A Fine New Place for Fine Art Arrives in Verplanck 

Some Verplanck residents have known for a while what’s about to happen at KinoSaito, the new non-profit, contemporary art center occupying the former Saint Patrick’s Catholic School on 7th Street.   

Mikiko Ino

Mikiko Ino, President, Director and Chair of the nonprofit’s board, brought cookies around to her new neighbors to introduce herself when she moved in.  

The newly renovated space comprises two galleries, a performance space, a classroom, two studios and living quarters for resident artists, and a café. On the property is also a garden that opens to a spacious lawn for outdoor events. 


Over the weekend of Sept. 9-11, the ambitious cultural venture will open its doors to the public.  The opening coincides with Saito’s birthday on Sept. 9, marking a celebration of public events as KinoSaito joins the vibrant Hudson Valley arts and culture scene.  

Ino and Executive Director Beth Venn are excited to welcome visitors to a series of exhibitions, music, theater, and discussions celebrating the life and works of Ino’s late husband, renowned artist Kikuo Saito, along with the work of contemporary artists and performers. The venue’s name is derived from the couple’s two names: K. Saito and Ino.  


KinoSaito describes itself as an “interdisciplinary art center established to extend the collaborative and experimental practices of the Japanese American abstract painter and avant-garde theatre designer Kikuo Saito (1939-2016).” His work is in the permanent collection at the Museum of Modern Art and elsewhere.  

After the opening exhibitions, in the first gallery, visitors will be able to see a selection of Saito’s work that changes quarterly, each iteration highlighting a theme, motif, painting style or area of focus worthy of the artist’s extended study.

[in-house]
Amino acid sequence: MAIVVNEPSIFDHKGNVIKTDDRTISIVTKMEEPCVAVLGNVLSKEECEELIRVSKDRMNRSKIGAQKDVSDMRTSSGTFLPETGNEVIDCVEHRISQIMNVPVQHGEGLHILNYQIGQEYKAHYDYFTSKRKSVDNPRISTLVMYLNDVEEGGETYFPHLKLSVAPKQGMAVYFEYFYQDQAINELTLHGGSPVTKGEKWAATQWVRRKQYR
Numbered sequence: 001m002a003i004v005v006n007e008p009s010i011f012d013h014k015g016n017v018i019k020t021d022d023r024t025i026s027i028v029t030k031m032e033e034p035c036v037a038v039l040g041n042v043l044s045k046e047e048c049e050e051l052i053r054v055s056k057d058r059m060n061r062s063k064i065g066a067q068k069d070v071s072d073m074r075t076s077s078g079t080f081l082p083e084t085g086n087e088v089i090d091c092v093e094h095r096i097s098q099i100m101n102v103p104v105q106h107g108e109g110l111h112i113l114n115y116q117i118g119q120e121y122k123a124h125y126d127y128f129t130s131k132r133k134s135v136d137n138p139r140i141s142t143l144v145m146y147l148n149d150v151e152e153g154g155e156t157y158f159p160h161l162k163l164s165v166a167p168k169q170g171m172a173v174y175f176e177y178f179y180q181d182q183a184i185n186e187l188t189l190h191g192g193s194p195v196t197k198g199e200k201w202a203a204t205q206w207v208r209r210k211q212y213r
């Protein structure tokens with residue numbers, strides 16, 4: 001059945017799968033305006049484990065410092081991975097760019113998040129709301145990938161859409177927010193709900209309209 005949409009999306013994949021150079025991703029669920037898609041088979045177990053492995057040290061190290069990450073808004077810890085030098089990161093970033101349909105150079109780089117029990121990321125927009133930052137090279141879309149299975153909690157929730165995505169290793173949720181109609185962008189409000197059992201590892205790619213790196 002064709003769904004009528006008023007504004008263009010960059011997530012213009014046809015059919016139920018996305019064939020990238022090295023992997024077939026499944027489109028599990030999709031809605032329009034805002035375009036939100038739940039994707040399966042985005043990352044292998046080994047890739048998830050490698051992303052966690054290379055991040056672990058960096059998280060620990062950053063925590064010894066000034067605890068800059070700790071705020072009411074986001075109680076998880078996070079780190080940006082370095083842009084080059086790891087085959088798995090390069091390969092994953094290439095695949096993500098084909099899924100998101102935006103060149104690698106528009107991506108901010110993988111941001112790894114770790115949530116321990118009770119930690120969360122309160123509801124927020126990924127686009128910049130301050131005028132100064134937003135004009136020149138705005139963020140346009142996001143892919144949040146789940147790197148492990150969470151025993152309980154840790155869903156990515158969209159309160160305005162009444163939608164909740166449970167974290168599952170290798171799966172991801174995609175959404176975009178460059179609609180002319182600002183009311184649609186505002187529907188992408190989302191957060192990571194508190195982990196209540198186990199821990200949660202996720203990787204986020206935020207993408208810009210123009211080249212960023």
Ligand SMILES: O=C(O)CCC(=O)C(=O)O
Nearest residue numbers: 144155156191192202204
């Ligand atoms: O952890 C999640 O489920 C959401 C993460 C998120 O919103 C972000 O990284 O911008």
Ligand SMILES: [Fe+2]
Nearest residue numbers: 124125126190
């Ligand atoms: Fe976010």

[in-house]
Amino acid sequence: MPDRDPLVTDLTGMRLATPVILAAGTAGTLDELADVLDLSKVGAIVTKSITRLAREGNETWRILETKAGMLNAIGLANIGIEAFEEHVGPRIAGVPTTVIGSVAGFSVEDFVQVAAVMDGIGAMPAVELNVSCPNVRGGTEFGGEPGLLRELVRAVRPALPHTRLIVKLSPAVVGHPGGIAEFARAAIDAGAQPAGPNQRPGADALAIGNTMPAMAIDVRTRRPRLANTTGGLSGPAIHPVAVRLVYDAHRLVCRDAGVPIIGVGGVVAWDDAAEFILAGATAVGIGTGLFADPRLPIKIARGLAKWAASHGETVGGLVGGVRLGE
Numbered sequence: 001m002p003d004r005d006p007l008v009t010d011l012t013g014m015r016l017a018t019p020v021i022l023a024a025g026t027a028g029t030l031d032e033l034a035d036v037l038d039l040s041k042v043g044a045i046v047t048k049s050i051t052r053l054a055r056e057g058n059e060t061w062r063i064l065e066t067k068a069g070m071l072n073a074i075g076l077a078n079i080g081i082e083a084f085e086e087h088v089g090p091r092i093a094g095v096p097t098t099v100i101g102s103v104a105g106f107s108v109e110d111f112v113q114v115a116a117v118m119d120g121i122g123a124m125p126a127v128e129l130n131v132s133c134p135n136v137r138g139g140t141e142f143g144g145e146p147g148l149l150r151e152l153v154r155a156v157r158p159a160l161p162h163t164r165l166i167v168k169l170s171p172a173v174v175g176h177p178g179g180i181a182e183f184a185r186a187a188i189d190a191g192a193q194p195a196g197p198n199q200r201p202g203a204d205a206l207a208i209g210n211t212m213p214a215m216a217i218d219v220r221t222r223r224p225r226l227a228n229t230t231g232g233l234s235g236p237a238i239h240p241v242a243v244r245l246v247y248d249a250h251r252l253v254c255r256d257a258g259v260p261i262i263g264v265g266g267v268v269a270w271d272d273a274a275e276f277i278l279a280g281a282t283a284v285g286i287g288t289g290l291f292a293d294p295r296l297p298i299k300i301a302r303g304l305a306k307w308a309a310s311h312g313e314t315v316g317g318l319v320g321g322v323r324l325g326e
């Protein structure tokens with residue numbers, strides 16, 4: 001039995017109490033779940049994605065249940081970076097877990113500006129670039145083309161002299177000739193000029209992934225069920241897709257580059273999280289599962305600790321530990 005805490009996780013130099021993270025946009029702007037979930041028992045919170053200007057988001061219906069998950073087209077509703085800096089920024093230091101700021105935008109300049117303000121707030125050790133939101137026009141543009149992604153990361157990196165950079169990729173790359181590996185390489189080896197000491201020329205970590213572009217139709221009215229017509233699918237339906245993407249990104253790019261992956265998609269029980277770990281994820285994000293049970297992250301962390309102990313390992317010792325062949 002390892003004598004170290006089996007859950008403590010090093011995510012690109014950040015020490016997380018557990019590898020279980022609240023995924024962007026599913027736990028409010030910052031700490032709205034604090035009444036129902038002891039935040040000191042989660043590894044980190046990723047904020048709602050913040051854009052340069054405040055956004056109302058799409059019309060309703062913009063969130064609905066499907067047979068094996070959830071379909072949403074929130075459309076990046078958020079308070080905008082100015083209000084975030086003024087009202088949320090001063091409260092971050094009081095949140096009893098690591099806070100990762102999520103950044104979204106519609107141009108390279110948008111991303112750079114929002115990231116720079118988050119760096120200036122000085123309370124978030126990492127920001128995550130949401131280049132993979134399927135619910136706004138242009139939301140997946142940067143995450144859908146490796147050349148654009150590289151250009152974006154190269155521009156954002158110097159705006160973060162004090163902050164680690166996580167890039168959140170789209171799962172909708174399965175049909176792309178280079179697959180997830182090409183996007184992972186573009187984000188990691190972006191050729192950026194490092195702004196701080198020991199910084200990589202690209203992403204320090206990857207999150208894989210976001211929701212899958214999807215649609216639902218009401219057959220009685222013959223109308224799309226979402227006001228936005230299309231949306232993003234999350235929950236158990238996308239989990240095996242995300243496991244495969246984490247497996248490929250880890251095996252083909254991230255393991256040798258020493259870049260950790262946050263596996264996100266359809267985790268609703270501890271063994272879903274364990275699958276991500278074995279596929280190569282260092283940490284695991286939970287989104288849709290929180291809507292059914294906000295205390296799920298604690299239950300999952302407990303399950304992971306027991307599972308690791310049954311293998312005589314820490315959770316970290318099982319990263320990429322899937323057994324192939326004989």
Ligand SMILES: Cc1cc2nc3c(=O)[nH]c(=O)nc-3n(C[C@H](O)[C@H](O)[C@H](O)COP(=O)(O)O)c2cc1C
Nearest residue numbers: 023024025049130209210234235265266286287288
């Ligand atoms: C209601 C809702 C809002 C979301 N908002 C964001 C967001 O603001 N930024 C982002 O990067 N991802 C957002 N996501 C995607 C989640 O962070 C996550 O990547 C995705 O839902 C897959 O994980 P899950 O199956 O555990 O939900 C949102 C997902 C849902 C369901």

The second gallery will show a rotating series of exhibitions featuring the work of contemporary artists across disciplines, media, and artistic practices.  


In 1996, Saito was the artist-in-residence at Duke University, where, in collaboration with his first wife Eva Maier, he created the conceptual, wordless performance Toy Garden, which would later be performed at groundbreaking Greenwich Village experimental theater club La MaMaToy Garden Reprise will be performed at KinoSaito during the Sept. 9-11 opening. 

“Seeing the dancers’ expert reinterpretation of Toy Garden lets us know that [Saito’s] spirit and sensibility — which had so much to do with experimentation and pushing boundaries — are alive and well here at KinoSaito,” says Ino. Saito worked with such theater legends as director/choreographer Jerome Robbins (West Side StoryFiddler on the Roof, et al). 


A rehearsal at KinoSaito for its production of Toy Garden Reprise.

The current artists in residence at KinoSaito are multimedia artist Alexandra Rojas and painter/photographer Jane Dickson. Open-studio events invite visitors to talk with artists and see works-in-progress.  The inaugural residencies finish on Sept. 15, with the next artists moving in on Oct. 1.  

Inside the main foyer of KinoSaito is Banana Dang cafe, a specialty coffee and smoothie shop from California. It will serve the general public as well as museum visitors.  

Getting a new space up and running during a pandemic presented obvious challenges, but, says Beth Venn, “It’s important to open this fall to allow our community new cultural experiences, after so much time away from visual art and live performance. We are following all applicable guidelines to ensure visitors a fulfilling and safe experience at KinoSaito. 

KinoSaito, 115 7th Street, Verplanck 10596. Open to visitors Friday-Sunday, 10 a.m.-6 p.m., and Thursdays by appointment.  Admission is free, with donations encouraged. 

Briarcliff Manor resident Lee Hemphill is a regular contributor to River Journal North and River Journal. 

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